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​MHP deploys artificial intelligence to streamline poultry operations

MHP discovered was that production performance depends not only on basic parameters such as climate control and feed quality, but also on the happiness of the chickens. Photo: MHP
MHP discovered was that production performance depends not only on basic parameters such as climate control and feed quality, but also on the happiness of the chickens. Photo: MHP

Ukraine’s largest broiler meat producer, MHP, said that it has developed an artificial intelligence (AI) solution to collect and analyse data from poultry houses to discover flows in the production process.

MHP said it took 5 years to develop its virtual assistant, which the company also calls “a virtual zootechnician”. The official name is Smart Technologist Assistant. “It’s like Siri, but in the poultry world,” the company explained. “A digital twin based on artificial intelligence helps employees in their work and warns about the risks of out-of-hours situations in poultry houses,” the company explained.

Things to consider

So far, the IT solution has proved its value in helping poultry farms to improve the uniformity of chickens in the flock, the accuracy of weight prediction and the mortality rate. However, as the assistant keeps learning, MHP managers are confident there is more to come.

“We connected deep learning algorithms and artificial intelligence and began to separate patterns, saw how poultry houses operate in general,” commented Nataliya Kondratenko, director of the MHP global IT expertise centre.

“We were interested in the technical indicators: whether our equipment runs correctly, how well the staff work, how to prevent a situation that can negatively affect the [production] indicators and quality of products,” she added.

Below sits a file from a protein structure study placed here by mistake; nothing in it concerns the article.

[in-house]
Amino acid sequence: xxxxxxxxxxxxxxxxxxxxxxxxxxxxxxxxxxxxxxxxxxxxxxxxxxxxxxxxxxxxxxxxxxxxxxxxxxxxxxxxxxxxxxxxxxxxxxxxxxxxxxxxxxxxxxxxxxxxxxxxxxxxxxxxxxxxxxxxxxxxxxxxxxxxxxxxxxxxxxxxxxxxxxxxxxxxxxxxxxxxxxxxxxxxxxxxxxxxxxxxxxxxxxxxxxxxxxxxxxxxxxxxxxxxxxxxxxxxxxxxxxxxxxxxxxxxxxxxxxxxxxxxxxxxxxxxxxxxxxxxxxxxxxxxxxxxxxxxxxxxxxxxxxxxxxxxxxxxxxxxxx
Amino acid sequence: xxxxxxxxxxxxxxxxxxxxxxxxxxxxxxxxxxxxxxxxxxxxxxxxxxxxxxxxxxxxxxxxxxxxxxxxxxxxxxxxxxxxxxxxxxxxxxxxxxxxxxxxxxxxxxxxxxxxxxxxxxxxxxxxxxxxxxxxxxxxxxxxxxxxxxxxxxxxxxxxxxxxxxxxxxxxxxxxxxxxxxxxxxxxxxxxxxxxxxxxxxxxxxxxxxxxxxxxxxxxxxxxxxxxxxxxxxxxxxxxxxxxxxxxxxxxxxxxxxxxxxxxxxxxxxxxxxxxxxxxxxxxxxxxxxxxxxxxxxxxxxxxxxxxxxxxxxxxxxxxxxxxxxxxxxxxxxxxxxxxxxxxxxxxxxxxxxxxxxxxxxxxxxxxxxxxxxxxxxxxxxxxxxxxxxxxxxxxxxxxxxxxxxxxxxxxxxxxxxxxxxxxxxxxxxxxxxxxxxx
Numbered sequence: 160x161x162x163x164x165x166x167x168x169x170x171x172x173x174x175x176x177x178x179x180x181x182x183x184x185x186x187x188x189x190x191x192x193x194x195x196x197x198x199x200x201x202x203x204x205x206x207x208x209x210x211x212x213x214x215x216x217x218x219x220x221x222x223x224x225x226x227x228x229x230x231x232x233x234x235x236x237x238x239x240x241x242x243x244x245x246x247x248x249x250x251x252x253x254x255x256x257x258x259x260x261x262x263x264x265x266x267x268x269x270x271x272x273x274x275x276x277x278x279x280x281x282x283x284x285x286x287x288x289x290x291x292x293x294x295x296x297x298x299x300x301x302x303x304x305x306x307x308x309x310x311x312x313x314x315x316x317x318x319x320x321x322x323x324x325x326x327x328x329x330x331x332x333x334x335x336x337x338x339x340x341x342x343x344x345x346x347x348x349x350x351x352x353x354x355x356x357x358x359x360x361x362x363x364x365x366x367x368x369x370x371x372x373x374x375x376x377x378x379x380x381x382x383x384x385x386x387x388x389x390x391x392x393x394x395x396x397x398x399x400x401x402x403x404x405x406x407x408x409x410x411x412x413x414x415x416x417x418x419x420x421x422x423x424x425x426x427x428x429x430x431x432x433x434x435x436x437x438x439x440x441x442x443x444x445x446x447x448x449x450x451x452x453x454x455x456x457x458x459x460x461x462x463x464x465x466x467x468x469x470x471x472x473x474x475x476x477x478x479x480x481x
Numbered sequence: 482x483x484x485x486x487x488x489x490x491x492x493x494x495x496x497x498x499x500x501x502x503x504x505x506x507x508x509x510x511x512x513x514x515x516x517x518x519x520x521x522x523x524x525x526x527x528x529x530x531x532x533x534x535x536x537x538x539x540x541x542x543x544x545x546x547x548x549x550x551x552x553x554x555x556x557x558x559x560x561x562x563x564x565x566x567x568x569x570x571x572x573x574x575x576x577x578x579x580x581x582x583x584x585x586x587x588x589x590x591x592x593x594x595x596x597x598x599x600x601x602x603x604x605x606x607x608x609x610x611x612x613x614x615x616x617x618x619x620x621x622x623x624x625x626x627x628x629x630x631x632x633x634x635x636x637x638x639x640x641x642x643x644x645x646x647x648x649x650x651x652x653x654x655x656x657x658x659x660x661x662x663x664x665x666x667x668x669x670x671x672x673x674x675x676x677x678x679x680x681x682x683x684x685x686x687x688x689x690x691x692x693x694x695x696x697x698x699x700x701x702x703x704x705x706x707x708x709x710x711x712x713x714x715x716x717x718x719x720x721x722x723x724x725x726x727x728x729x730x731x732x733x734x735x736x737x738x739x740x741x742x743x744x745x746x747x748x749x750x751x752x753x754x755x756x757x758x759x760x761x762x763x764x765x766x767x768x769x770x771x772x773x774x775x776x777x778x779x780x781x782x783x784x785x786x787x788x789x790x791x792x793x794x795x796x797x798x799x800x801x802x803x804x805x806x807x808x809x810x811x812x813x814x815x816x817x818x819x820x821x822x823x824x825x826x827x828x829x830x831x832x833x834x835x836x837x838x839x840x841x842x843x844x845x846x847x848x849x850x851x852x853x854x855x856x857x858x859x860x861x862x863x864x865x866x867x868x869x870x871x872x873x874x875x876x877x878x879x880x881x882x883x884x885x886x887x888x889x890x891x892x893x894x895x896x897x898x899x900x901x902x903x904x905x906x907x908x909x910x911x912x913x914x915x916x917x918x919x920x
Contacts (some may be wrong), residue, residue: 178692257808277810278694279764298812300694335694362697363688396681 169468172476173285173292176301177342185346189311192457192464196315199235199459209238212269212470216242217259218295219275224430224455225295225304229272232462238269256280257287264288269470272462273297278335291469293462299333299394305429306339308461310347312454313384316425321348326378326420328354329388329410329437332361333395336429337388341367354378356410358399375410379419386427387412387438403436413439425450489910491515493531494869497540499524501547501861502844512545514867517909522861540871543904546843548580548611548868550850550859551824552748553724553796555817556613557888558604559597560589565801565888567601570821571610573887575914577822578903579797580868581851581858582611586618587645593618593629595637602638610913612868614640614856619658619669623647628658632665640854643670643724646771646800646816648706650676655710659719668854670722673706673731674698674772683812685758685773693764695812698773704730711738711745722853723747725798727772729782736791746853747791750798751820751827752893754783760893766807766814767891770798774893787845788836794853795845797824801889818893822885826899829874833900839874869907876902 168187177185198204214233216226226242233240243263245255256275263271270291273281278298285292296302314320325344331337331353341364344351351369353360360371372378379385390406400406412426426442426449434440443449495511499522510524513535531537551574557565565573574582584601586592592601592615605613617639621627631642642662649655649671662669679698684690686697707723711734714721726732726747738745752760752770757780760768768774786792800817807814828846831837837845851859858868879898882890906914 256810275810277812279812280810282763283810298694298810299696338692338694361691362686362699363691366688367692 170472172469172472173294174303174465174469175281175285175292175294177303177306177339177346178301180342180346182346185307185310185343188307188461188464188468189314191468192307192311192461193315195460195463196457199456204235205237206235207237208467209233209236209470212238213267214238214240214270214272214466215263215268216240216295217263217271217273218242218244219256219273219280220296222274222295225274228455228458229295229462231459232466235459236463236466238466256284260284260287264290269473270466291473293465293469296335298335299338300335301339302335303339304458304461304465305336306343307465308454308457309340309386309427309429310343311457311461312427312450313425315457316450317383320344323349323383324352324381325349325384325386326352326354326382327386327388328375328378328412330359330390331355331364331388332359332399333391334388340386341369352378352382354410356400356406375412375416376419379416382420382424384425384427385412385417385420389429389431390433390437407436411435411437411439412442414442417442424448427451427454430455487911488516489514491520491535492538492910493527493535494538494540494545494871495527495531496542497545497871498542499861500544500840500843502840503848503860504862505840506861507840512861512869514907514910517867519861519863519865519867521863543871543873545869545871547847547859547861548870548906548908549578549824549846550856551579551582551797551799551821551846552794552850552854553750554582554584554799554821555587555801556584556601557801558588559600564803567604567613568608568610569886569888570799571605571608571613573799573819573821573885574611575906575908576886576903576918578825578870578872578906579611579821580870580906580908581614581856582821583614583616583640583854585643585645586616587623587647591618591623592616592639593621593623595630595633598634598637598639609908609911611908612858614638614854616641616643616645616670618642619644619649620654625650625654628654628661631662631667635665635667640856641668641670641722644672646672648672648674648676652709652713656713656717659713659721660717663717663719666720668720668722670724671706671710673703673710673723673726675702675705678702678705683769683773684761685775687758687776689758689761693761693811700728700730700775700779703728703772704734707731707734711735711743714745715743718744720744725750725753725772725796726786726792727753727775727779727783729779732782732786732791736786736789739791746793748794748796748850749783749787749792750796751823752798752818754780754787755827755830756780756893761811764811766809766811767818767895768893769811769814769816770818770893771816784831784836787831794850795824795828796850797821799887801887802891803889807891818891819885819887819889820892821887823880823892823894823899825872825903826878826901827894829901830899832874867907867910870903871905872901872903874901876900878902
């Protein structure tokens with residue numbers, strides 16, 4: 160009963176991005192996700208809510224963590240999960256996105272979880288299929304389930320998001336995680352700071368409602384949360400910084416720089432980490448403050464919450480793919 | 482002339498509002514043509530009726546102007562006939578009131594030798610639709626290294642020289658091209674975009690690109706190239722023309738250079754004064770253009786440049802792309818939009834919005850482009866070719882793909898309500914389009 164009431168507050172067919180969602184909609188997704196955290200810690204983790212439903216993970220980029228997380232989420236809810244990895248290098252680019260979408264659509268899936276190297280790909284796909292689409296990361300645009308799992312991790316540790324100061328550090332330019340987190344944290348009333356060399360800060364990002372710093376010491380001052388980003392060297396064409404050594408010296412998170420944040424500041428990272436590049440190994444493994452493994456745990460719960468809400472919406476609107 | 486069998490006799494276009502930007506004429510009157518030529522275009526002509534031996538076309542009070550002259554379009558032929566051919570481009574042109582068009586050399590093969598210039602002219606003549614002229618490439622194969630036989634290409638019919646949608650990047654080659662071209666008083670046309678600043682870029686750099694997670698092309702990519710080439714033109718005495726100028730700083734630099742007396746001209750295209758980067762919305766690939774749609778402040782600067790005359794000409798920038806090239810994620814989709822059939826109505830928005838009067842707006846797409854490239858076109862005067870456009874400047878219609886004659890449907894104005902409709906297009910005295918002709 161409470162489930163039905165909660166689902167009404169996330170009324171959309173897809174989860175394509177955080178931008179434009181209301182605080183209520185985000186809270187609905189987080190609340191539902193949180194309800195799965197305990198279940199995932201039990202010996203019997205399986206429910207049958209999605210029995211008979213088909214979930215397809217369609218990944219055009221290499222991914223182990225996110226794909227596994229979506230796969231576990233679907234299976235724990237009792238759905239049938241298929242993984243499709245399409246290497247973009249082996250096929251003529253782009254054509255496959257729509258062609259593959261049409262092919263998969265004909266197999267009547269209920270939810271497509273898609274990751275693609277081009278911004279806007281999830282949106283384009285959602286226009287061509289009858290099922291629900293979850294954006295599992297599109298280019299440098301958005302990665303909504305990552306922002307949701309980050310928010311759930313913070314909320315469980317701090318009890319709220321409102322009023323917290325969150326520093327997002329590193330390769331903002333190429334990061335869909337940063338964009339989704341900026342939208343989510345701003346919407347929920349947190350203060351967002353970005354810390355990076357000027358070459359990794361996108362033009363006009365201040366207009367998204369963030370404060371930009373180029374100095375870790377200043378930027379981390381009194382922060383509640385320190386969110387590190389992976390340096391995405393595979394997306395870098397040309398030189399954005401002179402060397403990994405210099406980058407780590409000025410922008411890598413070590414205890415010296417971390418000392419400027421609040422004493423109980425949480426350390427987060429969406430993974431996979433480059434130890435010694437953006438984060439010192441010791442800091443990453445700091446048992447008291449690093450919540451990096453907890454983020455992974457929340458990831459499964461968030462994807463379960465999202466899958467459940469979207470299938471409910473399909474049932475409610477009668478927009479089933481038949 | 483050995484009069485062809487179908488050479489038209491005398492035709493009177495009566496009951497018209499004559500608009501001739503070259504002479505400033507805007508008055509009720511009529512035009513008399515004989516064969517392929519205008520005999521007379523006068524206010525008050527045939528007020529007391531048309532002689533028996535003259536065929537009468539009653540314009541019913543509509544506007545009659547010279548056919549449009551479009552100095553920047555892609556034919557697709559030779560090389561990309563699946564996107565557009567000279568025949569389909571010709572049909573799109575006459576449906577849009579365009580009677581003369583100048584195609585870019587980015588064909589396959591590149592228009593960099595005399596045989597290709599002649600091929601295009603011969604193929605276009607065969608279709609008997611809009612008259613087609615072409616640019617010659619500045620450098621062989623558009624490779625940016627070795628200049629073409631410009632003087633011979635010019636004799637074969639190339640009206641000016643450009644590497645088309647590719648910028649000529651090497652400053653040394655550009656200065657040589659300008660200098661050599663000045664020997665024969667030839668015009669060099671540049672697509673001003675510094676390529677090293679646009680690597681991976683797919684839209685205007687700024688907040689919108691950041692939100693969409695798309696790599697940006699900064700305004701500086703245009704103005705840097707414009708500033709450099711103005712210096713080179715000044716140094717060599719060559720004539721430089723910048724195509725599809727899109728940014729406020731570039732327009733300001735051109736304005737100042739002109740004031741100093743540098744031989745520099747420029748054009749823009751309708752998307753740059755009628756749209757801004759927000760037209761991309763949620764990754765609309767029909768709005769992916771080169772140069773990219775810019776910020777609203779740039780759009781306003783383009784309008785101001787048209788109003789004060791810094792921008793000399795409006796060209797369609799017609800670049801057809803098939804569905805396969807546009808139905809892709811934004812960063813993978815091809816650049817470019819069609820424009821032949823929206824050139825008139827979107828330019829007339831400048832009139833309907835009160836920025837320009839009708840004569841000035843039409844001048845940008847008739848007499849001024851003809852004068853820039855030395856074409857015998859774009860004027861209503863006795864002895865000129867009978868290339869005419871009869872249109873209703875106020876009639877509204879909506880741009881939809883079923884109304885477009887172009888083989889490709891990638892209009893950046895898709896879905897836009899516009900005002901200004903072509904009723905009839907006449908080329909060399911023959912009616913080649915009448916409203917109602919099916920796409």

Mood matters

One surprising thing the company discovered was that production performance depends not only on basic parameters such as climate control and feed quality. “There is also a concept of chicken happiness that should be taken into account,” the company said. The virtual zootechnician now has the crucial task of measuring the mood in poultry houses.

The system tries to identify what factors can cause concerns among poultry flocks in order to eliminate them, Kondratenko said. The key advantage of the new system, which primarily gathers data from video surveillance, is that it notices even small details that not every employee, even the most experienced, would typically pay attention to.

For example, the artificial intelligent solution managed to put together a correlation model linking changes in the chicken’s mood with the work of agricultural machinery or other equipment nearby.

“In general, some events sometimes seem unrelated [to production], but artificial intelligence says there is a correlation, and we can influence it. We did not think about some factors at all – that they can affect the quality of meat, but they do,” Kondratenko said.

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